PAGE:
(Natural News) No one likes hearing the news that they’re losing their job, but Uber recently showed just how out of touch it is with the overly sensitive millennials who form part of its workforce and client base when it laid off 3,500 employees in a three-minute Zoom call.
The head of the company’s Phoenix Center of Excellence, Ruffin Chaveleau, had to break the disappointing news to workers, saying that their business had dropped by more than half thanks to the coronavirus crisis and there was no longer enough work for many of its customer support employees.
After announcing they would be eliminating 3,500 roles in frontline customer support, she added: “Your role is impacted and today will be your last working day with Uber. You will remain on payroll until the date noted in your severance package.”
In an attempt to explain the questionable way the news was delivered, she said they chose to do it in a manner that would enable them to tell everyone quickly, so no one had to “hear it from the rumor mill.” She acknowledged the news would be difficult to hear but said she wanted to deliver it personally and thank everyone for their contributions to the firm.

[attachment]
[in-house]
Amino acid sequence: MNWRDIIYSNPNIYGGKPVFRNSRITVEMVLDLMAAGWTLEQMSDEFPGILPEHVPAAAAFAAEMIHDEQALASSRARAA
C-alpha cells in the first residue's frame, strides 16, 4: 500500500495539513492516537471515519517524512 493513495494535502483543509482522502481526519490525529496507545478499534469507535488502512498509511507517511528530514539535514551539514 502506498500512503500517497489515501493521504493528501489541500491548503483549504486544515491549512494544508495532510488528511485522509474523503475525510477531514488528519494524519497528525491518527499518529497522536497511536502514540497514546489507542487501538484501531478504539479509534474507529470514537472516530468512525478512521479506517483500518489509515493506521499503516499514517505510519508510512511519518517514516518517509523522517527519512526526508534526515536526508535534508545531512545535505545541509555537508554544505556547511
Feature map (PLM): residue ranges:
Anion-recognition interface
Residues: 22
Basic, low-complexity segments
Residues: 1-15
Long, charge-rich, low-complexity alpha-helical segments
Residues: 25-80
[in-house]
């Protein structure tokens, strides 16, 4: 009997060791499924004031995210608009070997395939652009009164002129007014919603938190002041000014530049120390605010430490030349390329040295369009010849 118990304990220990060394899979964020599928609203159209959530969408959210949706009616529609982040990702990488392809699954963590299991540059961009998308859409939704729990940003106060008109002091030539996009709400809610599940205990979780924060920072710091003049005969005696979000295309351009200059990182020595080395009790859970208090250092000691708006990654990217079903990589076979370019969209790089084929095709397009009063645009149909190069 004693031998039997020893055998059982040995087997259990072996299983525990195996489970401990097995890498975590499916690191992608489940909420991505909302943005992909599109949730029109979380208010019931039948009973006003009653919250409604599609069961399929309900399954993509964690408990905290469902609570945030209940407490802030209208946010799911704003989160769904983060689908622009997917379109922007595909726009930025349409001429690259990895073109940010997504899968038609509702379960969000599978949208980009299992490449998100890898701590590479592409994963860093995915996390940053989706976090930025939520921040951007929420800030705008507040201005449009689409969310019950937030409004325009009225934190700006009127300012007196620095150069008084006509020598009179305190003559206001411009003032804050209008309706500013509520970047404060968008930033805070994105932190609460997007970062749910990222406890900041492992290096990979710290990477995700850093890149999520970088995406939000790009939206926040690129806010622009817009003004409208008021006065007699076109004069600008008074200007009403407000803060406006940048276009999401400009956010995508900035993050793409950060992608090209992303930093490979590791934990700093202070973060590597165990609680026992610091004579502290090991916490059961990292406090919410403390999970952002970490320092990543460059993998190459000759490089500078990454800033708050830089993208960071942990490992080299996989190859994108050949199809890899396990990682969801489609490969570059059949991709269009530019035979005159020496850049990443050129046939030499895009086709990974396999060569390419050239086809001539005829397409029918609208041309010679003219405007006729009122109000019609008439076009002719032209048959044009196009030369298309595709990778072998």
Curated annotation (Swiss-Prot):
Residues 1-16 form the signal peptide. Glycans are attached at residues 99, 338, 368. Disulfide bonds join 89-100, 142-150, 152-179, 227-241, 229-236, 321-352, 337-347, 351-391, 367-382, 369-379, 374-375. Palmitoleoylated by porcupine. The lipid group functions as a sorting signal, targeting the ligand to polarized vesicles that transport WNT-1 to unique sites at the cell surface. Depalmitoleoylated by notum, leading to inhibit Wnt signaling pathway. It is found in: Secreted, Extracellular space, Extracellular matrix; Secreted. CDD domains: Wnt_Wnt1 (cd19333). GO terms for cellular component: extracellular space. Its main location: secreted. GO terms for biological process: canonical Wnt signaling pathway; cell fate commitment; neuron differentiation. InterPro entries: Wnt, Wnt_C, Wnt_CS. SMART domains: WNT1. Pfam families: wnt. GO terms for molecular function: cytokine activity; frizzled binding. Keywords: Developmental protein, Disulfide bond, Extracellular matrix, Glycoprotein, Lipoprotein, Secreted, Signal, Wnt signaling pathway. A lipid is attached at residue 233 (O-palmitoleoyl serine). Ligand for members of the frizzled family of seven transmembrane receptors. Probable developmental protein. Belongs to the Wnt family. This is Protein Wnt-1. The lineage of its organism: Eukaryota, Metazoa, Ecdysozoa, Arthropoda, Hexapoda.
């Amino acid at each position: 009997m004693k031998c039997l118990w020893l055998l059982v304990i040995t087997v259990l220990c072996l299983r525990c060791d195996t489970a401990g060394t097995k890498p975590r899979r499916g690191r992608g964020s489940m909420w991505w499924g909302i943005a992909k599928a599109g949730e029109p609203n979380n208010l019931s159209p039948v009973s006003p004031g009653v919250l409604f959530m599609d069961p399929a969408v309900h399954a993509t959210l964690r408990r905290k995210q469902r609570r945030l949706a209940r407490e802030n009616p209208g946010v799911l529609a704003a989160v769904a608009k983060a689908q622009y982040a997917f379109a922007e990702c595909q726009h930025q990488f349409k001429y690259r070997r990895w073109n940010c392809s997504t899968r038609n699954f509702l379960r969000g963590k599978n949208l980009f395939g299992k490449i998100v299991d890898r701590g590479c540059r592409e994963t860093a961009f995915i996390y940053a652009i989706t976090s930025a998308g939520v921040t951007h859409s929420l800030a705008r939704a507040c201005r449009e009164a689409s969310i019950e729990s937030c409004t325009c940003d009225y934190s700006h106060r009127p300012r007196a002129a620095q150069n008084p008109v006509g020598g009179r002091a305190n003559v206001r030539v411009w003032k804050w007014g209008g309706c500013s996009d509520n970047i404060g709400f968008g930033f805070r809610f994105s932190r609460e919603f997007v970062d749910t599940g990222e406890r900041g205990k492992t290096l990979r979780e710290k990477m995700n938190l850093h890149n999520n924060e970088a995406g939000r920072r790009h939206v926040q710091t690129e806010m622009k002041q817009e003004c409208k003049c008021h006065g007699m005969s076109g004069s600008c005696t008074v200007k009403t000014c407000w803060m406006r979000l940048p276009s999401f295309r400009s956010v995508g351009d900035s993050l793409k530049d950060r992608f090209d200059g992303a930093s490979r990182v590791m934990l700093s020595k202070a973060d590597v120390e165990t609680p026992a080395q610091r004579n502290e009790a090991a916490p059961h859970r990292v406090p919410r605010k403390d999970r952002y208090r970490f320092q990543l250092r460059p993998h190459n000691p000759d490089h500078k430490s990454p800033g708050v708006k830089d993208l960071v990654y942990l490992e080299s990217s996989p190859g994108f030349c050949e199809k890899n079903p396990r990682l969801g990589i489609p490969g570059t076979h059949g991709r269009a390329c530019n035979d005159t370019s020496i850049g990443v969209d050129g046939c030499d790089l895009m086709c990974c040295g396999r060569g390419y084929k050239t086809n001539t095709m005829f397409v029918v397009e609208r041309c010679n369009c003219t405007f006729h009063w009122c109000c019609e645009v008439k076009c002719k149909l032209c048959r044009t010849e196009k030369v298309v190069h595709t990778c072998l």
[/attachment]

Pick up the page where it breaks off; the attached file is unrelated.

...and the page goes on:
Chaveleau is no stranger to delivering this type of news; she had to tell 80 staff members in February they were losing their jobs when they closed down their customer support office in Los Angeles.
The pandemic has hit the ride sharing company hard, with a recent filing showing they’d be cutting roughly 14 percent of their 26,000 employees. Driver numbers are expected to remain relatively stable, but their customer support and recruiting teams are seeing big cuts. The firm will take on around $20 million in severance costs and related charges.
The company posted a net loss of $2.9 billion last week and announced the job cuts as well as a hiring freeze.
Just the latest in a long stream of poor employee treatment by Uber
One worker said: “Uber has empathy training and they teach us to be sympathetic to other people’s needs, but they’re not practicing what they preach.”
The employee told the Daily Mail that more layoffs are expected, adding: “Right now we’re all getting severance, but they can change their mind on that if they want to.”
It’s just another hit to Uber’s reputation, a firm that is already known for not compensating its independent workers fairly.